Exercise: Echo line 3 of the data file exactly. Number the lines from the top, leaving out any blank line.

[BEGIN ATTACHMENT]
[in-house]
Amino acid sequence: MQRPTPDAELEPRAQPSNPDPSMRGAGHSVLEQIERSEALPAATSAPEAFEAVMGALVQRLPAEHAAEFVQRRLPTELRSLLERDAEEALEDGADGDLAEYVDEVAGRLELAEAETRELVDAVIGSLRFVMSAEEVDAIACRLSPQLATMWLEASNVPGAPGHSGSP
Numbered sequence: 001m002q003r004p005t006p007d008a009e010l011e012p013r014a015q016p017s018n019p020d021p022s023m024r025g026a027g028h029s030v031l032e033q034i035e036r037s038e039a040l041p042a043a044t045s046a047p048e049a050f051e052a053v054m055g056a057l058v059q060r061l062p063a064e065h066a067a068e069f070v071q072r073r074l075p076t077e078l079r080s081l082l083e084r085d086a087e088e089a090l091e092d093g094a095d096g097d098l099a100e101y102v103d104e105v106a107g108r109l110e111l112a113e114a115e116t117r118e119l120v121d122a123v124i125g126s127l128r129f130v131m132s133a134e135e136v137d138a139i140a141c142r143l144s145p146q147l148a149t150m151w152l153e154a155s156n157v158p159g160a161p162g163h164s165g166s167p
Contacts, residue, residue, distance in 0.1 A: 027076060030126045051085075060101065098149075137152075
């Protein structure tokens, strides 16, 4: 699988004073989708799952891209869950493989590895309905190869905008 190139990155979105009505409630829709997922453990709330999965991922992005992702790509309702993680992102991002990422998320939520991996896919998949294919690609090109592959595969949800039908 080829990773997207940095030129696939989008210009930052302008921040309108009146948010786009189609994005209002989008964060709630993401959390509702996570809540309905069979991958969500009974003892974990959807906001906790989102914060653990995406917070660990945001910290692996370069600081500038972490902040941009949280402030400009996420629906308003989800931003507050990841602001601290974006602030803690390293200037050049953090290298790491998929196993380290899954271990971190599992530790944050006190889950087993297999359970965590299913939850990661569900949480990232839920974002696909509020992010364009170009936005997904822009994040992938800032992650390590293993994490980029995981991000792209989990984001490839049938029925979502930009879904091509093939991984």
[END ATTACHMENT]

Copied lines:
Numbered sequence: 001m002q003r004p005t006p007d008a009e010l011e012p013r014a015q016p017s018n019p020d021p022s023m024r025g026a027g028h029s030v031l032e033q034i035e036r037s038e039a040l041p042a043a044t045s046a047p048e049a050f051e052a053v054m055g056a057l058v059q060r061l062p063a064e065h066a067a068e069f070v071q072r073r074l075p076t077e078l079r080s081l082l083e084r085d086a087e088e089a090l091e092d093g094a095d096g097d098l099a100e101y102v103d104e105v106a107g108r109l110e111l112a113e114a115e116t117r118e119l120v121d122a123v124i125g126s127l128r129f130v131m132s133a134e135e136v137d138a139i140a141c142r143l144s145p146q147l148a149t150m151w152l153e154a155s156n157v158p159g160a161p162g163h164s165g166s167p